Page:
Gov. Mike Dunleavy vowed Thursday to “fight for Alaska” in court after federal environmental officials announced a veto process to restrict mining in the Bristol Bay region, home to the world’s largest wild salmon fishery.

The proposed Pebble Mine would be located at the headwaters of Bristol Bay and cover more than 150 acres. It would be Alaska’s largest mine.

“This is a fight for the state’s future,” Dunleavy said at a press conference. “You can’t shut down a state’s method by which it creates jobs, opportunities and wealth, and expect it to be a viable state.

At issue is a decision Thursday by the Environmental Protection Agency to restart a legal process, under the Clean Water Act, to provide broad protections for certain waters in the Bristol Bay region.

“The Bristol Bay watershed is an Alaskan treasure that underscores the critical value of clean water in America,” EPA Administrator Michael S. Regan said. “Today’s announcement reinforces once again EPA’s commitment to making science-based decisions to protect our natural environment.”

The EPA previously removed safeguards for the Bristol Bay watershed, under the Trump administration.

Under the new process, called a 404(c) in the Clean Water Act, the EPA will initiate efforts to protect the watershed.

Dunleavy said the EPA's actions may “set a dangerous precedent by allowing a federal agency to preemptively veto any project or permit on state land.”

Miners association opposes decision

Deantha Skibinski, executive director of the Alaska Miners Association, joined Dunleavy at Thursday’s press conference in Anchorage.

She described the EPA decision as “just one more piece of evidence that the Biden administration doesn’t want Alaska to have its own sustainable economy.”

An EPA administrator under the Trump administration had allowed the mine operators to apply for a permit. But the Trump administration later halted the mining plan after Fox News host Tucker Carlson, an angler who fishes in the area, spoke against it.

'Last thing the industry needs is more review'

Dunleavy accused the Biden administration of taking a series of actions to impede Alaska’s natural resource-based economy.

The governor noted that earlier this week the U.S. Bureau of Land Management disclosed plans to re-evaluate approved development in the National Petroleum Reserve, an area designated for oil and gas development.

“This means the proposed Willow Project, which could produce up to 100,000 barrels of oil per day, may be derailed,” the governor’s office said in a statement.

“The last thing the industry needs is more review, more taxes or more regulations,” Kara Moriarty, president of the Alaska Oil and Gas Association, said at the news conference.

The mission of the Alaska Oil and Gas Association is for the long-term viability of Alaska’s largest private industry, which accounts for 25% of jobs in the state.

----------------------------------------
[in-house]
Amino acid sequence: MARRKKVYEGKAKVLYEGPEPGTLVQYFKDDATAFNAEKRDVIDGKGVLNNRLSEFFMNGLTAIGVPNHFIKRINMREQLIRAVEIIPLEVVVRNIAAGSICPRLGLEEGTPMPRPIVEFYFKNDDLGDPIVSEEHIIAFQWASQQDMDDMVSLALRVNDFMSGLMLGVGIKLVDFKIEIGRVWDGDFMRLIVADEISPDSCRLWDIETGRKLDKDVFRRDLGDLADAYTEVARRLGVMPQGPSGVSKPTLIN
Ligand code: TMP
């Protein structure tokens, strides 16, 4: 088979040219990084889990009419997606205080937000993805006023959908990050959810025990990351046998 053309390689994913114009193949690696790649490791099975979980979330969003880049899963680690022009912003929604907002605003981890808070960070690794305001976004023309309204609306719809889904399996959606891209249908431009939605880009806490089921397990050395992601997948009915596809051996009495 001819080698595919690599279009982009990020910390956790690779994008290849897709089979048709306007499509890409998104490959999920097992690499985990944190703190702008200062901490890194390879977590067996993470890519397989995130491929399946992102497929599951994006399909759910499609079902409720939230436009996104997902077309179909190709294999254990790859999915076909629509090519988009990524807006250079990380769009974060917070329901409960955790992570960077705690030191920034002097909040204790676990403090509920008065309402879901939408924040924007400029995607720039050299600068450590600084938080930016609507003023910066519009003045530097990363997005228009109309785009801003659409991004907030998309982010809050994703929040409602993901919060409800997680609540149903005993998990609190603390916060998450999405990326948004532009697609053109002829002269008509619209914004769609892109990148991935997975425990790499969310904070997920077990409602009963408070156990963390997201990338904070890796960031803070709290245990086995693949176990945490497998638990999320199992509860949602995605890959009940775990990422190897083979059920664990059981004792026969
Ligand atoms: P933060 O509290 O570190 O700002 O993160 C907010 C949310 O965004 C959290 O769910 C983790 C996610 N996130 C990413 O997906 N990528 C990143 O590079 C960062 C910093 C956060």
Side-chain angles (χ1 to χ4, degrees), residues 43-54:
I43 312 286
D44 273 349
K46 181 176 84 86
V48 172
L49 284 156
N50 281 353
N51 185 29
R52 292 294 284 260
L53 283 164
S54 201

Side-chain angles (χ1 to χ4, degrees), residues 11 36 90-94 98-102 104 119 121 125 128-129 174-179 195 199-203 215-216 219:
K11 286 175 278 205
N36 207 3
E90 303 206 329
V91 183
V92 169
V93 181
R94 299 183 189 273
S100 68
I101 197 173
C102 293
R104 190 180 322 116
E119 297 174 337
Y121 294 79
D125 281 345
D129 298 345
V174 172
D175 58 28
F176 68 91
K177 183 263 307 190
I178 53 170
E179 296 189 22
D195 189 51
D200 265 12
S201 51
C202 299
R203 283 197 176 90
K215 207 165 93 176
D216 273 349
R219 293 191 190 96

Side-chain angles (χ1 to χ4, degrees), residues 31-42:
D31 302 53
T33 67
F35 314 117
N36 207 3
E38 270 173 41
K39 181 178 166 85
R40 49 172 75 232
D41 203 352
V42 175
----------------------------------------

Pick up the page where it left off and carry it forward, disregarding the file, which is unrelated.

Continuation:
The oil and gas industry “is the largest tax and royalty payer to the state,” Moriarty said.

After creating a $4 million state defense fund earlier this year, Dunleavy said he will request additional legal funds in the fiscal 2022 budget “to preserve our rights to Alaska’s land and waters.”

The governor said the funds will be used in court to “defend Alaska’s rights and its ability to support itself with responsible and safe natural resource development.”

“Alaska is the energy storehouse for the entire nation, and we have abundant reserves of oil and gas to power the economy and the necessary minerals to transform the nation’s economy with electric vehicles and digital technology,” the governor said.

“In essence, you have the 49th state fighting its own federal government in order for Alaska to fulfill its destiny,” Dunleavy said at the press conference.

Environmental groups laud EPA

Environmental groups in Alaska and nationally lauded the EPA announcement.

The future of the Bristol Bay region has been at the center of a court case that pits environmental groups against developers.

“Placing a massive mine at the headwaters of the world’s greatest, most productive wild sockeye salmon fishery has been a terrible idea from the start, and today’s administrative decision and its commitment to following science and protecting clean water is directly attributable to the decades-long, Tribal-led effort to protect Bristol Bay,” said Kristen Miller, acting executive director of the Alaska Wilderness League.

Bristol Bay supports commercial, subsistence and recreational fisheries worth hundreds of millions of dollars each year and that create thousands of jobs, the EPA said.

“Bristol Bay provides more than 50% of the global supply of sockeye salmon, is crucial to sustaining the region’s Indigenous peoples, and is one of the premier destinations for sportsmen in the nation,” Miller said.

A panel of the 9th Circuit Court of Appeals ruled in July that the EPA could only remove protections from the Bristol Bay watershed “when an ‘unacceptable adverse effect’ on specified resources was not ‘likely.’”

Plaintiffs cited the potential of acid mine drainage leaching into the watershed and the risk of toxic spills from Pebble Mine.

Plaintiffs in the case include Alaska Wilderness League, Bristol Bay Economic Development Corp., United Tribes of Bristol Bay and Bristol Bay Regional Seafood Development Association.

Pebble Limited Partnership, the mine’s developer, is owned by Northern Dynasty Partnership, based in Canada. The state of Alaska is a party to the lawsuit.

Contact political reporter Linda F. Hersey at 459-7575 or Follow her at